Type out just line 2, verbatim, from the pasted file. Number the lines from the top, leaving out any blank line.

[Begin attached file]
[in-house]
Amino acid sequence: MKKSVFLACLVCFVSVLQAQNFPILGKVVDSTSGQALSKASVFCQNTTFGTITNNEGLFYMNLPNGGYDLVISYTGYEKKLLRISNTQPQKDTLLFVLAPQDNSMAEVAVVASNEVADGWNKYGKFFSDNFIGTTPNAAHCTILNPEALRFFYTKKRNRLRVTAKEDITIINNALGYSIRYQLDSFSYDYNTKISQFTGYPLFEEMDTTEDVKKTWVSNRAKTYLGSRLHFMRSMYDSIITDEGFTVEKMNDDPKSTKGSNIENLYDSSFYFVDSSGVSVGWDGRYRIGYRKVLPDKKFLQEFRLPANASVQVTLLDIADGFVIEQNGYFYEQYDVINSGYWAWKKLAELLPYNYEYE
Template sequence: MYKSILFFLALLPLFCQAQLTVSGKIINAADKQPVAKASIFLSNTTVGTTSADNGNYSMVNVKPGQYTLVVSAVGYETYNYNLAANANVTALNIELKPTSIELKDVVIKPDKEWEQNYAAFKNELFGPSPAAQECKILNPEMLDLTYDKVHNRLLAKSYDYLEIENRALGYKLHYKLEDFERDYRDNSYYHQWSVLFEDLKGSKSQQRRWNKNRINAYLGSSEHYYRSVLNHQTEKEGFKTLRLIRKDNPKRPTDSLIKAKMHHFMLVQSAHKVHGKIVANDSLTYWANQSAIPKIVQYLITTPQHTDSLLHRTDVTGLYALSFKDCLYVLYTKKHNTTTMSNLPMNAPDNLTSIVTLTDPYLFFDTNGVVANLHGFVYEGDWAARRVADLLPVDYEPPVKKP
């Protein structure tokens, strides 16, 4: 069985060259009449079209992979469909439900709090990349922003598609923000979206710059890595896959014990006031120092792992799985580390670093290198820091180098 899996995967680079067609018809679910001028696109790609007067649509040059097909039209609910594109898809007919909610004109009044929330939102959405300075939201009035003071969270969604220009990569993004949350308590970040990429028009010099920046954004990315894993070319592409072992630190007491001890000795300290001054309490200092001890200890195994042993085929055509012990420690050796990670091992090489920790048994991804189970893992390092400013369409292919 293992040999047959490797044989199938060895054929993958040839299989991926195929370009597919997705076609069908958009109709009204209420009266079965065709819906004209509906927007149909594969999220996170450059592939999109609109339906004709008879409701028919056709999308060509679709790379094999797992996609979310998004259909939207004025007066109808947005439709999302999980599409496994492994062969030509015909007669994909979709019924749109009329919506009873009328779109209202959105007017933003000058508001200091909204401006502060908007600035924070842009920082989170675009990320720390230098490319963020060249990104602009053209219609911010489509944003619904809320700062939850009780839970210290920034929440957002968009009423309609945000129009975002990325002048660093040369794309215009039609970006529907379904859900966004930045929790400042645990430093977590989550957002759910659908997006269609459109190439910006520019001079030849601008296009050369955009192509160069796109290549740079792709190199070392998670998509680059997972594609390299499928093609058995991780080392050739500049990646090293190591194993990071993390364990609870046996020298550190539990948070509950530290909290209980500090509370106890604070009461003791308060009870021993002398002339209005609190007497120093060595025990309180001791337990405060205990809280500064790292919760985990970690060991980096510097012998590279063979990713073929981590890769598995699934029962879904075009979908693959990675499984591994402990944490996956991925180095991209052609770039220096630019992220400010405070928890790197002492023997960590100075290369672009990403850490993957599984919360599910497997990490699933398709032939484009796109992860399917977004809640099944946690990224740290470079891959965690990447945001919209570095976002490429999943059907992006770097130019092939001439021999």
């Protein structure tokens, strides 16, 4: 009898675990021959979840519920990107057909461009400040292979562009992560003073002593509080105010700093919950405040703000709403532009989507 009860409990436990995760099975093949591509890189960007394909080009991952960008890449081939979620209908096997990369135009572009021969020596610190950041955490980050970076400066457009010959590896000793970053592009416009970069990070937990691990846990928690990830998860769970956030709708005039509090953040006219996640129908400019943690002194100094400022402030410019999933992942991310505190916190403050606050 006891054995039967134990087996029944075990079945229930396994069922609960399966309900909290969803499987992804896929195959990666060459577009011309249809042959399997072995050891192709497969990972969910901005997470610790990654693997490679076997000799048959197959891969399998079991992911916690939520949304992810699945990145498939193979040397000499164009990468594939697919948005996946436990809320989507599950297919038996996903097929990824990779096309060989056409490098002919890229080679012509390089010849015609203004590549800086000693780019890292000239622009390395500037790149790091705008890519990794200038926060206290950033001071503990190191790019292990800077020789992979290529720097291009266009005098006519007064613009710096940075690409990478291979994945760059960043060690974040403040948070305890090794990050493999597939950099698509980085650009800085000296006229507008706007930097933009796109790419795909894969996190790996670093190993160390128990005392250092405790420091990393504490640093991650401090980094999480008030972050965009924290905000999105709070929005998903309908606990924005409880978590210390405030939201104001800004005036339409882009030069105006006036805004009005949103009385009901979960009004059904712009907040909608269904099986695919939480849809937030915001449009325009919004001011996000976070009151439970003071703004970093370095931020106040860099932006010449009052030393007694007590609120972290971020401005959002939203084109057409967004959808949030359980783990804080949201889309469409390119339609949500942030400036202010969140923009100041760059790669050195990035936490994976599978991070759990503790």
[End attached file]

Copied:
Amino acid sequence: MKKSVFLACLVCFVSVLQAQNFPILGKVVDSTSGQALSKASVFCQNTTFGTITNNEGLFYMNLPNGGYDLVISYTGYEKKLLRISNTQPQKDTLLFVLAPQDNSMAEVAVVASNEVADGWNKYGKFFSDNFIGTTPNAAHCTILNPEALRFFYTKKRNRLRVTAKEDITIINNALGYSIRYQLDSFSYDYNTKISQFTGYPLFEEMDTTEDVKKTWVSNRAKTYLGSRLHFMRSMYDSIITDEGFTVEKMNDDPKSTKGSNIENLYDSSFYFVDSSGVSVGWDGRYRIGYRKVLPDKKFLQEFRLPANASVQVTLLDIADGFVIEQNGYFYEQYDVINSGYWAWKKLAELLPYNYEYE